On June 26, 1988, a devastating fire destroyed many of the historic buildings in downtown Perkasie. Greg Nyce was one of the Perkasie firefighters who responded to the fire. As the fire engulfed the Shelly Lumber shed and the J. G. Moyer Building, Greg and Clyde Snyder were fighting the fire from above in Perkasie’s aerial truck parked on Seventh Street. As the wind whipped the fire across Seventh Street to the American House Hotel and Lesher’s Store, the aerial bucket truck became engulfed in flames. Realizing that they could not go back down to the ground, Greg and Clyde were able to swing the aerial platform to the roof of the building at 14-21 N. Seventh Street. They were able to jump onto the roof and go through a hatch into the building.
After the fire, the aerial truck was refurbished and returned to service in Perkasie. In 2013, the truck’s new owner, Oakland (NJ) Fire Company, returned the truck to Perkasie for the 25th Anniversary of the Perkasie Fire. The truck was positioned on Seventh Street where Greg Nyce, Chief Worthington and others climbed into the aerial bucket and reenacted the scenario from 25 years prior.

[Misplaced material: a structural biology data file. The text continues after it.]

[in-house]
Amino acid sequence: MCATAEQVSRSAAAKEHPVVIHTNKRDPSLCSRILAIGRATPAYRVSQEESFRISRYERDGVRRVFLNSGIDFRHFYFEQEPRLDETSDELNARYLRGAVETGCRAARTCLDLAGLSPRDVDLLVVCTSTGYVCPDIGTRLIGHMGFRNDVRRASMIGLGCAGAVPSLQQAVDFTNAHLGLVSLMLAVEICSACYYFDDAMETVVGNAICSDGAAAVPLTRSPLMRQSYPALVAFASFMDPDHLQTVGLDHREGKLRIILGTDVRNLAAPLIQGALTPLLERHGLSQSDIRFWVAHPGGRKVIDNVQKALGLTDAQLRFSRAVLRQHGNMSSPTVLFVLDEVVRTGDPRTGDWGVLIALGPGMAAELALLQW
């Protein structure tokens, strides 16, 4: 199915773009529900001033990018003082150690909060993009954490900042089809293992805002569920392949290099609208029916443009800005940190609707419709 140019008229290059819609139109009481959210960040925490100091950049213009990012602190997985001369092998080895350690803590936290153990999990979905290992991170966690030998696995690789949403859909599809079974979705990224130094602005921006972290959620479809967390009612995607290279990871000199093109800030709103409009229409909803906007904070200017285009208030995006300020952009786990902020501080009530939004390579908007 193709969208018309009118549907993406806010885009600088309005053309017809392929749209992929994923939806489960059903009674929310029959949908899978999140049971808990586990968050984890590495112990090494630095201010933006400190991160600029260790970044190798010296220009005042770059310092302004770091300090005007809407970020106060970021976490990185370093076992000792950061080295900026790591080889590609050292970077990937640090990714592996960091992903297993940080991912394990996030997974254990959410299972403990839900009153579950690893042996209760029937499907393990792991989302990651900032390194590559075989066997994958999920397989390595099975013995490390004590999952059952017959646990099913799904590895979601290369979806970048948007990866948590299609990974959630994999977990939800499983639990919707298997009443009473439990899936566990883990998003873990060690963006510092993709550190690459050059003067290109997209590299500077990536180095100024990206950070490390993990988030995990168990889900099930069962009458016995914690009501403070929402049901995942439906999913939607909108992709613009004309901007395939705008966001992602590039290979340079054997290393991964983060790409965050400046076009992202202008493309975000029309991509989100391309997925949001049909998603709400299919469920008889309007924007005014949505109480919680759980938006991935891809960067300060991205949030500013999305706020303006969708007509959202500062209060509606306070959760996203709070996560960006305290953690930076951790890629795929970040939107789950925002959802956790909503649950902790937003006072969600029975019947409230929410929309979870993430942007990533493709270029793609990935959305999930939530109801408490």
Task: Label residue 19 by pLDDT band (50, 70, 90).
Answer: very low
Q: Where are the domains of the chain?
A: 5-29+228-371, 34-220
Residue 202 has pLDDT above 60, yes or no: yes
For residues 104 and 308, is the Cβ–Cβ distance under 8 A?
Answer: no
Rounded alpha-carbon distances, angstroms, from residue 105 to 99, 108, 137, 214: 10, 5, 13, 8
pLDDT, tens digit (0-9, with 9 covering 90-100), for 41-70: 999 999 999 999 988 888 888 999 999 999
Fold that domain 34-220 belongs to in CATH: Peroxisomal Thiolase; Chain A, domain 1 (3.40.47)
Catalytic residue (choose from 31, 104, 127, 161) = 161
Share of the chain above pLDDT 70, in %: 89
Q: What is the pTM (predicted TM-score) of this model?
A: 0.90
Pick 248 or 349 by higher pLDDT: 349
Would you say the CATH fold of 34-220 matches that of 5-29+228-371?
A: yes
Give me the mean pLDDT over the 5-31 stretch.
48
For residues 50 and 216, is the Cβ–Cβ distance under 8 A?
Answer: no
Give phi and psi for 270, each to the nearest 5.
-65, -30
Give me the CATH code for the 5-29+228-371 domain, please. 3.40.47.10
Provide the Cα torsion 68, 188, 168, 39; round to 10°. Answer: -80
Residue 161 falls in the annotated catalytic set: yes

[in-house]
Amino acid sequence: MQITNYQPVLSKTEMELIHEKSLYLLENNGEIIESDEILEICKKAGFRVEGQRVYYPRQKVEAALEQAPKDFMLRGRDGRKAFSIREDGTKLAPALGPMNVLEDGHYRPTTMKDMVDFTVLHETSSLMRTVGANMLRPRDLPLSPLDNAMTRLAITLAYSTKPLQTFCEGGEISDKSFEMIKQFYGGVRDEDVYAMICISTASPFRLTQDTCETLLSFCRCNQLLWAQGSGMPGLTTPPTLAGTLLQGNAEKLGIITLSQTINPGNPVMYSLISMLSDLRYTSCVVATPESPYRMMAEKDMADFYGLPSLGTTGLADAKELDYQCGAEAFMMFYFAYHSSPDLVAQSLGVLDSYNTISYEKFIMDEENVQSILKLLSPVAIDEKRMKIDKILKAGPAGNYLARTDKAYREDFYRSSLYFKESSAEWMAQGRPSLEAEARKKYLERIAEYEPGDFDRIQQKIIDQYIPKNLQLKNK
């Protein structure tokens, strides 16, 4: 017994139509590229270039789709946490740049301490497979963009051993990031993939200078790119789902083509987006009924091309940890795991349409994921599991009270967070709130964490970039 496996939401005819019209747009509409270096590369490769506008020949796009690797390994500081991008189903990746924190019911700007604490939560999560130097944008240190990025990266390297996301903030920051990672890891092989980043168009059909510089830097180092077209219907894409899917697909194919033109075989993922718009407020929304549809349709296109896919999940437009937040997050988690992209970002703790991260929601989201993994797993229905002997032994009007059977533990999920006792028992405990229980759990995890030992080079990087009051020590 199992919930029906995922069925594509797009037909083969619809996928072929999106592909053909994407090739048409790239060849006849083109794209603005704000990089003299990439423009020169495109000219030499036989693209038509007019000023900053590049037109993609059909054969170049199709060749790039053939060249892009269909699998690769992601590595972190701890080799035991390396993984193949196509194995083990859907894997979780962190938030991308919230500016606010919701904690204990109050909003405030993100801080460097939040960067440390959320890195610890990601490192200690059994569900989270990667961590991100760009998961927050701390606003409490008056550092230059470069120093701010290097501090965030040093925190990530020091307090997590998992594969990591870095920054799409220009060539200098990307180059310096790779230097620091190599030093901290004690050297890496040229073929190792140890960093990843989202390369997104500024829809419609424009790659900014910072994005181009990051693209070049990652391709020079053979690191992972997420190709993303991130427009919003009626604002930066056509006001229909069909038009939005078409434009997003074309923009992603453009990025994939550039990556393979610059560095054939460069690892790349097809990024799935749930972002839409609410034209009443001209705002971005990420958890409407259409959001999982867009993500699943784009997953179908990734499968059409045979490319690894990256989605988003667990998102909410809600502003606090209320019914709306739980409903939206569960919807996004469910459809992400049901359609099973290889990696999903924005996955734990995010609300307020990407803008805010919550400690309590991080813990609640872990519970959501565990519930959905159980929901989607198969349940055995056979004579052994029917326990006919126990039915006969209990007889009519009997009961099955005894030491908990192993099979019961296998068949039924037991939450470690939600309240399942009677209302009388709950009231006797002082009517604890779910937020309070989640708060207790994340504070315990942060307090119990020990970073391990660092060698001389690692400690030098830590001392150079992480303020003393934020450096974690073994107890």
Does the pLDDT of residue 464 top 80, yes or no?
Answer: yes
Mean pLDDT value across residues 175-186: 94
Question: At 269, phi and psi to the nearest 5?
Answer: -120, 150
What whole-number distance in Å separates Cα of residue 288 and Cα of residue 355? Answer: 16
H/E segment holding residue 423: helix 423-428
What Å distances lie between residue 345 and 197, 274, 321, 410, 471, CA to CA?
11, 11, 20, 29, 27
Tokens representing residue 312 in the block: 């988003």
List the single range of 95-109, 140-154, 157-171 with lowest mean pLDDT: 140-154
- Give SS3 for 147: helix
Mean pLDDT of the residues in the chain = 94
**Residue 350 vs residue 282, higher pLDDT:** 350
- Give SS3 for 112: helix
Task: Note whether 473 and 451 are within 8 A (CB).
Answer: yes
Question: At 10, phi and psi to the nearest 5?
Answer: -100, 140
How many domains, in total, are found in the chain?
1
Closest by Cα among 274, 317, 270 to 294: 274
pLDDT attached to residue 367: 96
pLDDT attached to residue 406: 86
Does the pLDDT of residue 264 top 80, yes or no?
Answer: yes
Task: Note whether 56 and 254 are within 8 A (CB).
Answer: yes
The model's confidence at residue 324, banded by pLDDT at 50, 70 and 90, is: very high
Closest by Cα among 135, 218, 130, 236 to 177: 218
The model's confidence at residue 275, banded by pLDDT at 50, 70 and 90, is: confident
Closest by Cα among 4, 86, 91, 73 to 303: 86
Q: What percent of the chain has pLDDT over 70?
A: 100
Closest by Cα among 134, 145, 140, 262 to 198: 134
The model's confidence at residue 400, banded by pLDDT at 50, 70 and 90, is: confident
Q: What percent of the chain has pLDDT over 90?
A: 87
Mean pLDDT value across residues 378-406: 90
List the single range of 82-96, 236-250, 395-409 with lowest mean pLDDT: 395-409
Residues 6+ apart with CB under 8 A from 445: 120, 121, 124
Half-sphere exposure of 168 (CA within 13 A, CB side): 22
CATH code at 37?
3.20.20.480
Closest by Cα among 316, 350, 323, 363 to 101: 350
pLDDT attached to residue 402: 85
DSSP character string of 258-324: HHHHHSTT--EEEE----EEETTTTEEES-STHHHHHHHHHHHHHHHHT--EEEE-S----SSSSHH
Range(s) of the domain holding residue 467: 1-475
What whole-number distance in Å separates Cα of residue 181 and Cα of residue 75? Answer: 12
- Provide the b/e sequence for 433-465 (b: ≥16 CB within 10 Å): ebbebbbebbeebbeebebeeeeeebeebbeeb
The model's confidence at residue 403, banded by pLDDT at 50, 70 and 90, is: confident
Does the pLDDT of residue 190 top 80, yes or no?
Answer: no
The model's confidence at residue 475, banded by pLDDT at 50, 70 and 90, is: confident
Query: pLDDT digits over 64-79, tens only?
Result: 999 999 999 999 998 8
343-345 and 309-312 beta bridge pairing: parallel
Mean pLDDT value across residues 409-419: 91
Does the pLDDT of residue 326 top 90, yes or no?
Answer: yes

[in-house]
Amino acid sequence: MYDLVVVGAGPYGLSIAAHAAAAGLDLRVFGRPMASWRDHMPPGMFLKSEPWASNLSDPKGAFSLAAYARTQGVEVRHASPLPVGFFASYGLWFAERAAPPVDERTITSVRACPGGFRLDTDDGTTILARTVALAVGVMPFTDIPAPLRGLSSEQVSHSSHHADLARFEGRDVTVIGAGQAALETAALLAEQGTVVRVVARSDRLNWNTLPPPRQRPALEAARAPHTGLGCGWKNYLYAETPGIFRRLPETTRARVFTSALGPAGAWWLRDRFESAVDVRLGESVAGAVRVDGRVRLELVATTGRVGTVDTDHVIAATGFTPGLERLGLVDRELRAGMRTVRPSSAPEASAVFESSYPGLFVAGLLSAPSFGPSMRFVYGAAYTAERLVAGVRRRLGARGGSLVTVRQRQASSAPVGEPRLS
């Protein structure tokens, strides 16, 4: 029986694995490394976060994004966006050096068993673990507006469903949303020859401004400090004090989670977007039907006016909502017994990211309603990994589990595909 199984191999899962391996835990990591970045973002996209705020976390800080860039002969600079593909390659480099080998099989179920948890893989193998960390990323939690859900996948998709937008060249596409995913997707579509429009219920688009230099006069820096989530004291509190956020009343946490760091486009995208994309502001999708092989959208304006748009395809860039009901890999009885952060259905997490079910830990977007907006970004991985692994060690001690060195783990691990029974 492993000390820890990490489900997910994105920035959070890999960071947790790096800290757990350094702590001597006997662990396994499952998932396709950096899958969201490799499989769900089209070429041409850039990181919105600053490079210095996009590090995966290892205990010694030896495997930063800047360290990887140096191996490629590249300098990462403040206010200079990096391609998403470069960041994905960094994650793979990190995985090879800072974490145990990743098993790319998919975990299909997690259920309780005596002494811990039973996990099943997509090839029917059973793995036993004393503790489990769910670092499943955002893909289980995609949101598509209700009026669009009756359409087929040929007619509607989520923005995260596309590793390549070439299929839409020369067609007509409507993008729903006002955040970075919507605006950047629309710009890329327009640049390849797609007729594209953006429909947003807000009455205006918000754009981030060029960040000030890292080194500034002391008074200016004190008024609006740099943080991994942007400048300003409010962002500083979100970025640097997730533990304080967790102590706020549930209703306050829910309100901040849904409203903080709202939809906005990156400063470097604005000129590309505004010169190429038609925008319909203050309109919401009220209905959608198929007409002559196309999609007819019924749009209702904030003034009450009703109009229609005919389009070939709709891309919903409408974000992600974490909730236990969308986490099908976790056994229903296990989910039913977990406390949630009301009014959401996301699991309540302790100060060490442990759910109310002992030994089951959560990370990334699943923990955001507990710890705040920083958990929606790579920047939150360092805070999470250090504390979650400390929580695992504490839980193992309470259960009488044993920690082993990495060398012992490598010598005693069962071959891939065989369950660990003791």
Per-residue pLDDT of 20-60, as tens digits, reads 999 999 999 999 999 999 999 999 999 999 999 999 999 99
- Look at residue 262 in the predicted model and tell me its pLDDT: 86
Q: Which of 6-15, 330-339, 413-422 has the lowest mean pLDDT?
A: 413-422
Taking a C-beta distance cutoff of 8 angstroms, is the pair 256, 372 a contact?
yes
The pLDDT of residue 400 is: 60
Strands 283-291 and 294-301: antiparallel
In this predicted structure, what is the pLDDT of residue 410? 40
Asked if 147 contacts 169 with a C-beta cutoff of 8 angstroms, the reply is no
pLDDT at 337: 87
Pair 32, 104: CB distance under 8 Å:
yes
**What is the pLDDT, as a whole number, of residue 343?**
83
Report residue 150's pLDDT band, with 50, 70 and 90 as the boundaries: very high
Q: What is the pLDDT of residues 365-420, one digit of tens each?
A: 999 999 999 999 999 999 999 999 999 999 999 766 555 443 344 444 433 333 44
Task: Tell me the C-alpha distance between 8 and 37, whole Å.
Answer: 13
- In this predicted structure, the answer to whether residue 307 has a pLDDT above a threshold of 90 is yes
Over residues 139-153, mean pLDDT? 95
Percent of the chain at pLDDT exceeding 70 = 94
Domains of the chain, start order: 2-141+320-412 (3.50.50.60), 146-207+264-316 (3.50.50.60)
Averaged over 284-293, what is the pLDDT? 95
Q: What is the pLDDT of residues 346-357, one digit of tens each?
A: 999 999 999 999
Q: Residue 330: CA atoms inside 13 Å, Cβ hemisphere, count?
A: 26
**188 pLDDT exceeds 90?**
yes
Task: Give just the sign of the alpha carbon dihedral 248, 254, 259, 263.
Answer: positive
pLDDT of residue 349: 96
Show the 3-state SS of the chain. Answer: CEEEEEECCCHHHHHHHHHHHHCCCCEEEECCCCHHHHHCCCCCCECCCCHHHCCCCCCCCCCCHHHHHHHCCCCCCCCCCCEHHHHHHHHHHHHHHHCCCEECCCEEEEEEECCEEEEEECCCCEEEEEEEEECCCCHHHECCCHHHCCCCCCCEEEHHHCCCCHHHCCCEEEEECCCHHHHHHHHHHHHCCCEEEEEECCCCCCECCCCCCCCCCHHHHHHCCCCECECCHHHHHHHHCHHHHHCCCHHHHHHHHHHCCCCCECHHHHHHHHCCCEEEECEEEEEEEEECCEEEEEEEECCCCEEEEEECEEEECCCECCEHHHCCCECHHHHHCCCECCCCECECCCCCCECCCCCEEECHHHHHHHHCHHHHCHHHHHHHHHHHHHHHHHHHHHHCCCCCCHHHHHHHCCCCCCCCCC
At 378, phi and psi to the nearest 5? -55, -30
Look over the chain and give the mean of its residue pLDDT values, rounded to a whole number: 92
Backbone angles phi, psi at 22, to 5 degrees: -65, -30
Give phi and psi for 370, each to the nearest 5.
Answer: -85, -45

After returning to the ground, Greg Nyce donated his fire helmet, the one he wore during the fire to the Perkasie Historical Society Museum.
Thank you, Greg, for your donation of your helmet and thanks to our firefighters for their service to the community.
An email from a gentleman in New York State posed a question; Is Tunnel Hill Farm now Pennridge Airport?
He had a section of a propeller from a 1929 Tunnel Hill plane crash. For years he had searched for the crash location.
Our search of the digitized Central News found an article about a Pitcairn Airplane with two onboard that crashed at tunnel farm, which later became Pennridge Airport. The pilot of the plane was Fred Winkler. His passenger was a student aviator, “Bob” Koehler, son of Dr. and Mrs. A.G. Koehler of Perkasie. They were inspecting the area for a possible site to land a plane on Legion Day of Anniversary Week. Both men escaped injury and the plane had to be disassembled and taken away. The propeller section from the crash ended up in a personal collection and has since been returned to Perkasie as a donation to the Perkasie Historical Society Museum.